Tuesday, December 6, 2016
4:00pm – 7:00pm
Joukowsky Forum, Watson Institute
Large parts of Global South including South Asia is witnessing rapid industrialization and many ventures that fall under the rubric of “development projects,” forcibly displace millions of people. By bringing together activists and academics on the same platform, this seminar analyzes the ideas that animate these projects and also explore alternatives.
Bharat Patankar is a leading activist of the left wing Shramik Mukti Dal and of the peasant movement in Maharashtra province, India. He is an activist intellectual who has worked for almost 40 years in movements of workers, farmers, dam evictees, agricultural labourers, the drought eradication movement, alternative cultural movement, women’s liberation movement, anti-SEZ and coal-based power plant movement based on alternative energy proposals, rights of farmers on windmills, and radical anti-caste movements. He is one of the architects of equitable water distribution movement in Maharashtra province. His numerous books and articles include 20 English articles and books, including “Characteristics of Contemporary Caste System and its Annihilation,” in Two Essays on Caste, (University of Mumbai).
Michael Levien is an Assistant Professor in the Department of Sociology at John Hopkins University. His research and teaching interests fall in the fields of development sociology, political sociology, agrarian political economy, and social theory. He has had a long-standing intellectual and political engagement with the phenomenon of rural land dispossession for “development projects” such as dams and now Special Economic Zones (SEZs). His work can be found in The Land Question in India: State, Dispossession and Capitalist Transition (Oxford University Press) and Governing Global Land Deals: The Role of the State in the Rush for Land (Wiley-Blackwell).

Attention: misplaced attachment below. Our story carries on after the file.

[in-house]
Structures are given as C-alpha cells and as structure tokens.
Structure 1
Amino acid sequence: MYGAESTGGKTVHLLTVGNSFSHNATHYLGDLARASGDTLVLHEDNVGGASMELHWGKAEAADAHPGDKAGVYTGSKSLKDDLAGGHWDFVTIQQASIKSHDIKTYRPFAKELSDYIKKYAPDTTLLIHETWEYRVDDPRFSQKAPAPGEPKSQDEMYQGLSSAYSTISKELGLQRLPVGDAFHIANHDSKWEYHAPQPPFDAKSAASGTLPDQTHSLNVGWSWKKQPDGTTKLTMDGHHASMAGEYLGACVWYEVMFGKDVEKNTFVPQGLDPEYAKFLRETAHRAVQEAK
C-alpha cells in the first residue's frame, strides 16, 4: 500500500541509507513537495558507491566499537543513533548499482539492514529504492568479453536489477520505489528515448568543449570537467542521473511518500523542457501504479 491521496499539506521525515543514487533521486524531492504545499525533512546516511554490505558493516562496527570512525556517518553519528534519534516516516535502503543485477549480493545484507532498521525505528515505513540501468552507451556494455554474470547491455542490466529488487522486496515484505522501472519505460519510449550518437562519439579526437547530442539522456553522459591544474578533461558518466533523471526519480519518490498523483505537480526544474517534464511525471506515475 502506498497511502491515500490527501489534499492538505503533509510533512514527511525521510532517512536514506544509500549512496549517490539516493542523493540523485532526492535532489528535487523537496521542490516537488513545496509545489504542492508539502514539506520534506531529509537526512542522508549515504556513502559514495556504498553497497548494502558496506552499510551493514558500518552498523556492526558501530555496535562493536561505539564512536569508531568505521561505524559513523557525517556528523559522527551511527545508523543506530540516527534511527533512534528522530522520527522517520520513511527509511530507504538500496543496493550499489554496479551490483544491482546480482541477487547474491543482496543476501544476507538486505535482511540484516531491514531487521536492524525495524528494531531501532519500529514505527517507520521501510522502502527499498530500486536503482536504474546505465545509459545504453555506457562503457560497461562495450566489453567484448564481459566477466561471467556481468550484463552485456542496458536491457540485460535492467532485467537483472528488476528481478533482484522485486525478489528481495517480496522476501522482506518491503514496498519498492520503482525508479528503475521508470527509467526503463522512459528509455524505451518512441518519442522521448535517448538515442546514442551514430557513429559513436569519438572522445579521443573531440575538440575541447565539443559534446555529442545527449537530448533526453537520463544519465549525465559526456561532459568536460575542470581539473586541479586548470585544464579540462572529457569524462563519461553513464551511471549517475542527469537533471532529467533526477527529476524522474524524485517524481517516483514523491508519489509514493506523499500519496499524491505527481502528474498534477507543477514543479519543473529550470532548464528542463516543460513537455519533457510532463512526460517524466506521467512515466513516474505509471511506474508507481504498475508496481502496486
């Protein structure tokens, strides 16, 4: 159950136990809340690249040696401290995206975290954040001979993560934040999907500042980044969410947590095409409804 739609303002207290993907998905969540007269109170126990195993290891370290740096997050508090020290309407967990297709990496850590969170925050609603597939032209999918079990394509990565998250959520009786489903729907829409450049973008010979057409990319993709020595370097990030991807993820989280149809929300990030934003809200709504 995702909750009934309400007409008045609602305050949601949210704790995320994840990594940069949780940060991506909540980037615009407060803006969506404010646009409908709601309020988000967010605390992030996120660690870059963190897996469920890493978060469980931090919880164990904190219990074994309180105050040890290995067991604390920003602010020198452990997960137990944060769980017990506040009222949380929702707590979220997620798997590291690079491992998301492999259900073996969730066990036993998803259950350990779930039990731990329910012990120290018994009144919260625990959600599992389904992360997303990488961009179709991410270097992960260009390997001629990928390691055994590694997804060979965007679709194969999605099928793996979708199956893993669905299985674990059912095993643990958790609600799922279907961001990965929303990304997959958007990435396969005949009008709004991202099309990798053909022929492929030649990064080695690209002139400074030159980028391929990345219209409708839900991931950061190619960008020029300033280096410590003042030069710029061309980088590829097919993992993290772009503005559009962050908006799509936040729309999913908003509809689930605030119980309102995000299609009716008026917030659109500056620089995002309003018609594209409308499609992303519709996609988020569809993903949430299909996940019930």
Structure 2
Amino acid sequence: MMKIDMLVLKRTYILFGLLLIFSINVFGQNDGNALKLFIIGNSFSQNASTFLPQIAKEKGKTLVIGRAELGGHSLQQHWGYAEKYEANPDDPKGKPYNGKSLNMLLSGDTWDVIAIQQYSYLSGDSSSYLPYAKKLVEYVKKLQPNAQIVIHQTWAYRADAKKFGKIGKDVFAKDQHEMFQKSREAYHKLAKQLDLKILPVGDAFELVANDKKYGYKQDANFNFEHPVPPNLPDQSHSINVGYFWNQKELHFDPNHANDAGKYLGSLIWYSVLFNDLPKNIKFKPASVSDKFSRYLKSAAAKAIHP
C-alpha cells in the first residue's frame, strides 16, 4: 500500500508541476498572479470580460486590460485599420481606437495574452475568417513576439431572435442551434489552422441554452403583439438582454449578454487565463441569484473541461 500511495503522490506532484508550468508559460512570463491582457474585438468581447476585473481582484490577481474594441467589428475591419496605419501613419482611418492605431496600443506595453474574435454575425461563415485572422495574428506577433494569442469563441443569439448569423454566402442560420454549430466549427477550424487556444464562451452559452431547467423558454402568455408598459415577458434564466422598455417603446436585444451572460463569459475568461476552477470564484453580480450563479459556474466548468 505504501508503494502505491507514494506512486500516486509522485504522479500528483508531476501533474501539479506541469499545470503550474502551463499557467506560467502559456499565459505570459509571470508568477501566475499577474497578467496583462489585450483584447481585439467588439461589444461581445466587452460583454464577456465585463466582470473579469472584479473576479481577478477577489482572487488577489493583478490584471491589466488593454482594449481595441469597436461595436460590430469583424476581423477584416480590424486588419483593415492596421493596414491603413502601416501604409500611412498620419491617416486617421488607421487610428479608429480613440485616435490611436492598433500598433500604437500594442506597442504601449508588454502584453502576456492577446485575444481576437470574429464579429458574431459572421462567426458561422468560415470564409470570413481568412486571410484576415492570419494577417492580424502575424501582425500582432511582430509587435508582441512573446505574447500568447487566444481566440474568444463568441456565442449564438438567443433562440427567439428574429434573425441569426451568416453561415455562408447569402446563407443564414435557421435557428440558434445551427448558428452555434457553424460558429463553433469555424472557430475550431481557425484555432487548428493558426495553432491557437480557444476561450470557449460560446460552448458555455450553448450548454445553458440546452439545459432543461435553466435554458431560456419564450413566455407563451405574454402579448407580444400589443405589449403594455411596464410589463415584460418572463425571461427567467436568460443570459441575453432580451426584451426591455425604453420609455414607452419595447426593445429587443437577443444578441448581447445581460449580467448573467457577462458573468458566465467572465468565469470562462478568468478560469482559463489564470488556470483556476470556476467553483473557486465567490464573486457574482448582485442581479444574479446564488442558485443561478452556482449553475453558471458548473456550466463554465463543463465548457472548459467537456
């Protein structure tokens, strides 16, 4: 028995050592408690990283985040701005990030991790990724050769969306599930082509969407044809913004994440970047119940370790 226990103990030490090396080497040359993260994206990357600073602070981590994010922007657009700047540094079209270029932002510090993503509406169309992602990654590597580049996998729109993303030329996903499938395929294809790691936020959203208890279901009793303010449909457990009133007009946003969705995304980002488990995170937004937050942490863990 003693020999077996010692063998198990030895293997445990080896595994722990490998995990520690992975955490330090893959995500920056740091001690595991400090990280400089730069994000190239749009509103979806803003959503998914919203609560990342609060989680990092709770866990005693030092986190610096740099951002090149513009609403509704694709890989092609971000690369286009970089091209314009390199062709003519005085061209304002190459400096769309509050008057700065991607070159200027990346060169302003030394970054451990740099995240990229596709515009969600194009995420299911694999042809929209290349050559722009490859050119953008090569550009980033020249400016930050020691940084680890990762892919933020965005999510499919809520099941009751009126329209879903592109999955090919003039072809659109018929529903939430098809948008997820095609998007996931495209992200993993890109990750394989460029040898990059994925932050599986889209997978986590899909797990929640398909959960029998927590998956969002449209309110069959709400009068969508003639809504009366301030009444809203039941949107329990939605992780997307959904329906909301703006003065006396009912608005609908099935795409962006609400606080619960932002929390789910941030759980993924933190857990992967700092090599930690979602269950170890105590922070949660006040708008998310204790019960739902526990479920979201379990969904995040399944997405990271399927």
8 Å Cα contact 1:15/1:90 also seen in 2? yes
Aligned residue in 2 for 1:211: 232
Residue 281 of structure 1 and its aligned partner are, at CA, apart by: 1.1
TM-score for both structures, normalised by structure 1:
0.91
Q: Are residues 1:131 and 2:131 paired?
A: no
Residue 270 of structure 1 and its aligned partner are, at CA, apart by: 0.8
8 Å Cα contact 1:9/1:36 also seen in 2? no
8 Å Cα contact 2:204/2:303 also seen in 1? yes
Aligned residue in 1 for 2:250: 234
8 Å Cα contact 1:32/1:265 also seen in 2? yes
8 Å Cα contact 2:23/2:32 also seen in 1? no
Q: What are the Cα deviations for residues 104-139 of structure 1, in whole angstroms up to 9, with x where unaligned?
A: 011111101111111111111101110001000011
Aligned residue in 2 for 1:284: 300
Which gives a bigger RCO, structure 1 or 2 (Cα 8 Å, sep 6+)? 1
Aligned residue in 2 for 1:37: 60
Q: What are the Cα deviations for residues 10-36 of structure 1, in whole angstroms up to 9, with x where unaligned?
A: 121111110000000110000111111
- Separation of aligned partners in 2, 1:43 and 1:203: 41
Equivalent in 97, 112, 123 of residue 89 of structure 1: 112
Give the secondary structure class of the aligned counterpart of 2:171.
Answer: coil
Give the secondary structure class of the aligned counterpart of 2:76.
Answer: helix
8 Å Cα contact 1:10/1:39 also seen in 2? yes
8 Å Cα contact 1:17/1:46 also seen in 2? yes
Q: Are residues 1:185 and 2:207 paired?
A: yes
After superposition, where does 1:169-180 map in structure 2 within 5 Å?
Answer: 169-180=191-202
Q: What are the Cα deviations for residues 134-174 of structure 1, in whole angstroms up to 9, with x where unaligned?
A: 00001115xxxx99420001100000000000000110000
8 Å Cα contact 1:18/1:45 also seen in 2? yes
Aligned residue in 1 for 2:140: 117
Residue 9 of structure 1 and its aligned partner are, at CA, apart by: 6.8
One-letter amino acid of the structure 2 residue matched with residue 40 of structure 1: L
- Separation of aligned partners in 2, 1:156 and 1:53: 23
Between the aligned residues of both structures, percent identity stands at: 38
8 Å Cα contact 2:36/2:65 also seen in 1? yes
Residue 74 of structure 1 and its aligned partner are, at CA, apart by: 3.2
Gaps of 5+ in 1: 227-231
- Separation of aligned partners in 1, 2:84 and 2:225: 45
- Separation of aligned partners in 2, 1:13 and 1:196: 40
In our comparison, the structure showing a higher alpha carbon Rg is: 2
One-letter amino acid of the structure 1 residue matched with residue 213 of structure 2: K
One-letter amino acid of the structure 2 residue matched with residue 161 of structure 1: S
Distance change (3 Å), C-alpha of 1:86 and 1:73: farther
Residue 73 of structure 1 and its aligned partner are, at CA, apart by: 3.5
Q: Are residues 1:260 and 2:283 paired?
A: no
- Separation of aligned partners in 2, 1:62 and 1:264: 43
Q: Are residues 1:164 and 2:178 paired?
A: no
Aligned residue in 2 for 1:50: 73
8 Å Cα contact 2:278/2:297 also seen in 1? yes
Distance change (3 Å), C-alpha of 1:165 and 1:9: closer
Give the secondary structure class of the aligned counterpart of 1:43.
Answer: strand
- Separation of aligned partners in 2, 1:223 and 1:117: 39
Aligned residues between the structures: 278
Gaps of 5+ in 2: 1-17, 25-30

Sarah Besky, discussant, is an Assistant Professor of Anthropology and International and Public Affairs at Brown University. She is a cultural anthropologist with research interests in the environment, capitalism, and labor. Her book, The Darjeeling Distinction: Labor and Justice on Fair-Trade Tea Plantations in India (University of California Press) explores how legacies of colonialism intersect with contemporary market reforms to reconfigure notions of value—of labor, of place, and of tea itself.
Co-sponsored by the Center for Contemporary South Asia, the Institute at Brown for Environment and Society, and Middle East Studies. This series is funded by a generous grant from the Andrew W. Mellon Foundation.